WASHINGTON (03/27/2000) - Despite a flurry of eleventh-hour negotiations between the U.S. government and Microsoft Corp., the two sides remain too far apart tonight to settle the historic antitrust case before Judge Thomas Penfield Jackson issues his final ruling, expected tomorrow, according to a source close to the case.
After Microsoft sent its latest settlement offer to the U.S. Department of Justice (DOJ) Friday morning via Judge Richard Posner, the Chicago appellate court judge mediating settlement talks at Jackson's behest, government lawyers and technical experts spent two days poring over the details before abandoning the effort Saturday night. While the terms of Microsoft's offer remain secret, they weren't sufficiently ironclad to guarantee that Microsoft would be prevented from the same monopolistic conduct cited by Jackson in scathing "findings of fact" issued last November. The government has not yet made a counteroffer to Microsoft.
Talks continue via e-mail and telephone, and they're expected to pick up steam again by today. But the two sides currently have no plans to travel to Chicago, where Posner has been mediating talks since Jackson asked him to do so last November. Jackson has told the attorneys that he will refrain from handing down his ruling if both sides tell him they've agreed to settlement terms.
Settlement discussions have occurred sporadically throughout the almost two-year old case, especially since Jackson appointed Posner. But the two sides remain deadlocked, even after Jackson called them into his chambers on March 21 and bluntly told them they had just seven more days to work out a settlement.
The intense activity in recent days is reminiscent of pretrial negotiations in 1998. Those talks collapsed days before the government filed suit against the software giant.
Spokespersons for both the Justice Department and Microsoft declined to comment on the ongoing talks. But both sides have ample reasons to settle.
Microsoft needs to blunt its liability in the dozens of private class-action suits filed since November. It also wants to forestall potentially harsh "remedy" orders from Jackson, which could include a break-up of the company.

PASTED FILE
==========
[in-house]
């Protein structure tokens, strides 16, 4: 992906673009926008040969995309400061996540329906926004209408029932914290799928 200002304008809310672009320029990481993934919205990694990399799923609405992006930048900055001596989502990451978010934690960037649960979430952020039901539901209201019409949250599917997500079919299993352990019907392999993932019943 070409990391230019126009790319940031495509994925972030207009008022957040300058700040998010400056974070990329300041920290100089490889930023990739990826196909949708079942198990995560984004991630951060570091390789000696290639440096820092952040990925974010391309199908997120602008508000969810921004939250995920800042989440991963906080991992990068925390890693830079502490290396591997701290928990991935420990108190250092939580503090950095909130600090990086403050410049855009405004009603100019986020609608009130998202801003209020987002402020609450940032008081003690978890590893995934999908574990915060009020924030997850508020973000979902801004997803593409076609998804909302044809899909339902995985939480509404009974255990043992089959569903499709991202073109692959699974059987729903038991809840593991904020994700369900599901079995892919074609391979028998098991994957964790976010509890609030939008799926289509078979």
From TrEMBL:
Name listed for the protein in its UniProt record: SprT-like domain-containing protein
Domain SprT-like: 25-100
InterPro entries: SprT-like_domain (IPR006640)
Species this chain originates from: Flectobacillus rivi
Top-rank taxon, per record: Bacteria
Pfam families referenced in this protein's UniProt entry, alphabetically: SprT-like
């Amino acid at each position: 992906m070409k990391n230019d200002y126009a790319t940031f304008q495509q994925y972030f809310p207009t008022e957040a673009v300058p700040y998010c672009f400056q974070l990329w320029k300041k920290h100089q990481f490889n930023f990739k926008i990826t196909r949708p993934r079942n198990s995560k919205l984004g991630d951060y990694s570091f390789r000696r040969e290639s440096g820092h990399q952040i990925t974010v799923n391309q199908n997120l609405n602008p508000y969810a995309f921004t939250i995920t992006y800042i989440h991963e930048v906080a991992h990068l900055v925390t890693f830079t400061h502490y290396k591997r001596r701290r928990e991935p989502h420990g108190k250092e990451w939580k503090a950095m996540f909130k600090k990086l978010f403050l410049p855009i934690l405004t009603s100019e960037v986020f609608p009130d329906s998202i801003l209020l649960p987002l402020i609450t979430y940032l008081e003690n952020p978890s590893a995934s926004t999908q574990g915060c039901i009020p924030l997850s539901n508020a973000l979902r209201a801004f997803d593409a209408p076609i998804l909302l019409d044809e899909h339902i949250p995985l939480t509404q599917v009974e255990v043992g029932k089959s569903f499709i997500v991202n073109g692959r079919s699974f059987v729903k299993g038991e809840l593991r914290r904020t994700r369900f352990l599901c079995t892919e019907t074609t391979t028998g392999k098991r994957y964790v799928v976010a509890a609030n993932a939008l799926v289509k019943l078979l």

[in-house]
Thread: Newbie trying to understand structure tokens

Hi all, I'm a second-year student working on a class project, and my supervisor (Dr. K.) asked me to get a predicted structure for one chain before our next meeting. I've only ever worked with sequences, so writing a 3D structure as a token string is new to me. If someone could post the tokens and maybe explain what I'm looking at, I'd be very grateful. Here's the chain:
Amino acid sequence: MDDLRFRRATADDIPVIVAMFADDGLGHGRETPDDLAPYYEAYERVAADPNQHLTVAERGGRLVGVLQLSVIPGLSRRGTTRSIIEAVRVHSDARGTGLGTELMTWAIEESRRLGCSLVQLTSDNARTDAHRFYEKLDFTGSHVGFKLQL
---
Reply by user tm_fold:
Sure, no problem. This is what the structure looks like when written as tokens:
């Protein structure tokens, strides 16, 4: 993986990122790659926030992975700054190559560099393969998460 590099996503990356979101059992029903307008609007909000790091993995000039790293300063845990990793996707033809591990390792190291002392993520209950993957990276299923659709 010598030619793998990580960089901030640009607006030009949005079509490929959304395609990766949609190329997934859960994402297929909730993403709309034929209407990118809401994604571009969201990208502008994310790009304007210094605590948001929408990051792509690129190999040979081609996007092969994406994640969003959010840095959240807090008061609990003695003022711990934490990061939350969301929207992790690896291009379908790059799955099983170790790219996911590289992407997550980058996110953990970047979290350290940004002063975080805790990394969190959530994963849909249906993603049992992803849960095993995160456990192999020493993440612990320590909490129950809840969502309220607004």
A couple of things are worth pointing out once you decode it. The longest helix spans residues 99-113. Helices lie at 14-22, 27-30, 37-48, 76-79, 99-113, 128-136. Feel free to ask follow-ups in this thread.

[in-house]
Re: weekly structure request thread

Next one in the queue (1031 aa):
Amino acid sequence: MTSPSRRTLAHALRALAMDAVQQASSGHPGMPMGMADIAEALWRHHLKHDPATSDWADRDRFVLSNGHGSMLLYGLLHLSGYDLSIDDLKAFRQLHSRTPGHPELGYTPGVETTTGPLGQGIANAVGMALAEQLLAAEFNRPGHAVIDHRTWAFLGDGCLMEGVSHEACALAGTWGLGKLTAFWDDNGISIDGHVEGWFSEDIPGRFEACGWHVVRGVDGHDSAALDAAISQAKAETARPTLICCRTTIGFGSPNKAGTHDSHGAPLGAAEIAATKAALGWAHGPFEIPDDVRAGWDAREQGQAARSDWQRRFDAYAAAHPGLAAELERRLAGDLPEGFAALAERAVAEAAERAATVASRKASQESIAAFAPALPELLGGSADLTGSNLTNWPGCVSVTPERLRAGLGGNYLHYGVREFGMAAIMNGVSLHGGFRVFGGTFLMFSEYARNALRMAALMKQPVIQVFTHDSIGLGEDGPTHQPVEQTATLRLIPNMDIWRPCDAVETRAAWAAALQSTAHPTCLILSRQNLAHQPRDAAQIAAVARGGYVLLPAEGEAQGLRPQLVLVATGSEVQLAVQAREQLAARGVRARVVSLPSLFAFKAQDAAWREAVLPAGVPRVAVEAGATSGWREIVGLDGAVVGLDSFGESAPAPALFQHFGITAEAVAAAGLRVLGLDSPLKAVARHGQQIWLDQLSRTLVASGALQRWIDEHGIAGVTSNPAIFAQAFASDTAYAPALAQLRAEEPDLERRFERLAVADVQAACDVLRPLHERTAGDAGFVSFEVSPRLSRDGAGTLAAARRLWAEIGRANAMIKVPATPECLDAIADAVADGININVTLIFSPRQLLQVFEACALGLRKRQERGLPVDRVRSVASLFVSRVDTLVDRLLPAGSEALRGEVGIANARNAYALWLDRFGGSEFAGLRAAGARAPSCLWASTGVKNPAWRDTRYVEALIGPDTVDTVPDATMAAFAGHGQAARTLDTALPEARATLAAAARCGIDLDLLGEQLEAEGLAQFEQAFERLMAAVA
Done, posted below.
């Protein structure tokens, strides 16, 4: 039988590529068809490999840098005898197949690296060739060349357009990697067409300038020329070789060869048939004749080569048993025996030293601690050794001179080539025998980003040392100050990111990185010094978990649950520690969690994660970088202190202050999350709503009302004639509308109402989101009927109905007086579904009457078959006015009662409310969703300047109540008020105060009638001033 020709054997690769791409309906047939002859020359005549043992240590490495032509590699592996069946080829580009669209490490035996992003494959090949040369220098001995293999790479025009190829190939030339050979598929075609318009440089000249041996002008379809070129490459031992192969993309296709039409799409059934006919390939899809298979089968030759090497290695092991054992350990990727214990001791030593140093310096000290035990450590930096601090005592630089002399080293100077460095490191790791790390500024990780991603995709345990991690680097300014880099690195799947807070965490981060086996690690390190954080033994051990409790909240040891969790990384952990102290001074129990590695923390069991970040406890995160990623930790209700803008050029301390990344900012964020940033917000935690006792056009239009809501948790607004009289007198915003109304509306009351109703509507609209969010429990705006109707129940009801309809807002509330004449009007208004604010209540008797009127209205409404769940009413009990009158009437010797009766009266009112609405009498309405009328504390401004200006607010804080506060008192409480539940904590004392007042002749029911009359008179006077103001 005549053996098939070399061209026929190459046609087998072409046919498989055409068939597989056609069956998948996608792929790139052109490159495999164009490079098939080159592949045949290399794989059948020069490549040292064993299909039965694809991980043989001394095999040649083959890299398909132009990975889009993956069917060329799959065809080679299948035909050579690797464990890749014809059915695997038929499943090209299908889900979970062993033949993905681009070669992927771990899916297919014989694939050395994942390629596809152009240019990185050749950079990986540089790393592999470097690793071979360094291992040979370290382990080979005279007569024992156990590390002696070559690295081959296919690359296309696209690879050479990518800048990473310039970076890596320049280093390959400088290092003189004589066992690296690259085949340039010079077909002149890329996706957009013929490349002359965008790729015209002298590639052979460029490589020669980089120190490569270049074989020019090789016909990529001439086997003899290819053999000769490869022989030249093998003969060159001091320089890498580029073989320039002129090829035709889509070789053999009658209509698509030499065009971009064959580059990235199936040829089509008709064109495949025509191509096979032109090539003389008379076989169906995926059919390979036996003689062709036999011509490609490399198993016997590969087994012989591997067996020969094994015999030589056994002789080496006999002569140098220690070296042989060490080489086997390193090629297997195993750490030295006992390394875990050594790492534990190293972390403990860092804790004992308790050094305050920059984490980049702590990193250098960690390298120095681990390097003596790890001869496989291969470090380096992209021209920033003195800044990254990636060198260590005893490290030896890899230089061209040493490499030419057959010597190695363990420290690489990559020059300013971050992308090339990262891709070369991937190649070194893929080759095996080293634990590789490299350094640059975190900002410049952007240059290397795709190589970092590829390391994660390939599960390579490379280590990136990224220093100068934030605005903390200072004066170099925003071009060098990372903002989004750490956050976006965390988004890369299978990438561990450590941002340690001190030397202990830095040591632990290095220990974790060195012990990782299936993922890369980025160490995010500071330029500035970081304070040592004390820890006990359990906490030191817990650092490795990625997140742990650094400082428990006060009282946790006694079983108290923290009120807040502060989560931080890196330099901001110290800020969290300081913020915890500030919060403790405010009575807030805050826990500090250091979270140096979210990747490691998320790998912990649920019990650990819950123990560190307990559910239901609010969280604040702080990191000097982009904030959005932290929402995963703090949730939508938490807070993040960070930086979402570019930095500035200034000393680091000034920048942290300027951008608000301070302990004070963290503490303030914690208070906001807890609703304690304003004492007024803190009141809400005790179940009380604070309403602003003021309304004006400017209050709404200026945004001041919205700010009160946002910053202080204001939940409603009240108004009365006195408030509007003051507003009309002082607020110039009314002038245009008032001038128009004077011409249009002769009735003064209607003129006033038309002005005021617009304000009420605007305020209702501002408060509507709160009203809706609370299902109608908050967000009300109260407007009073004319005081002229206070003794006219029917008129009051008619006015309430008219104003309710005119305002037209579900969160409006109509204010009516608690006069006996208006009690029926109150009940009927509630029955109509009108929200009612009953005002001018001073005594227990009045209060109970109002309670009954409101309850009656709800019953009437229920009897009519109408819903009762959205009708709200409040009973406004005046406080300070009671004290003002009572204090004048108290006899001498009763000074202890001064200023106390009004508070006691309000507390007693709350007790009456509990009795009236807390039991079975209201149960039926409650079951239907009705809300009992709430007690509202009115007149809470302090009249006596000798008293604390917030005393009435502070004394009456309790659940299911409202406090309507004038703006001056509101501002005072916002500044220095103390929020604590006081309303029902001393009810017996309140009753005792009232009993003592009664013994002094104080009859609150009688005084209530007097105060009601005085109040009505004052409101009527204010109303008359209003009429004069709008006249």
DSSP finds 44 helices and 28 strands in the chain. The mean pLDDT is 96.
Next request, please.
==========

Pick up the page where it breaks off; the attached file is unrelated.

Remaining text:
Microsoft is heartened by a 1998 appeals court ruling that overturned a decision by Jackson in a previous case. But there's no guarantee that the appeals court will continue to look upon Microsoft favorably, especially considering Jackson's detailed 207-page findings of fact, which will likely go unchallenged by the appeals court.
The government wants to see the case resolved now, rather than fighting years of appeals that potentially wouldn't be resolved before a new presidential administration shuffles the deck at the Justice Department. Furthermore, the rapidly evolving computer industry could eventually make the government's case seem obsolete.
There has been some movement in recent weeks. The government has backed away from earlier demands that Microsoft be broken up. And Microsoft has signaled its willingness to accept some restrictions on its conduct.The settlement talks are now focused on hashing out language on conduct restrictions that both sides, including 19 U.S. states and the District of Columbia, whose lawsuit is joined with the federal suit, can live with. Those restrictions are likely to include a requirement that Microsoft unbundle its Internet Explorer Web browser from its dominant Windows operating system, and promises by Microsoft not to discriminate in Windows pricing for computer makers, or in distribution of technical codes software developers need to write Windows-compatible programs.
The government is unlikely to agree to conditions that leave any semantic ambiguity, especially regarding whether Microsoft will commit to unbundling Internet Explorer from Windows. The company's joining of those two products is the central issue in the case. Microsoft says it welded its browser on to Windows -- and forbade computer makers from removing it -- in the interests of consumer convenience. The government contends Microsoft used the conjoined products to thwart competitive threats to Windows and stifle software innovation from a host of companies, including Netscape Communications, Sun Microsystems, and Apple.
The government remains haunted by negotiations that resulted in a 1995 consent decree requiring Microsoft to alter restrictive licensing and nondisclosure requirements for Windows. That decree didn't contain language strong enough to preclude Microsoft from integrating its browser into Windows.
If the two sides get closer to a settlement today, they might decide to ask Jackson for an extension of tomorrow's deadline, which Jackson is expected to grant if persuaded that a settlement is actually within reach. Barring a settlement, Jackson will hand down "conclusions of law" tomorrow that are widely expected to find Microsoft guilty of multiple violations of the Sherman Antitrust Act. In that event, Jackson will set the terms of a "remedy phase."
Such a phase could be limited to new affidavits and depositions, or it could include a fresh round of courtroom arguments and testimony.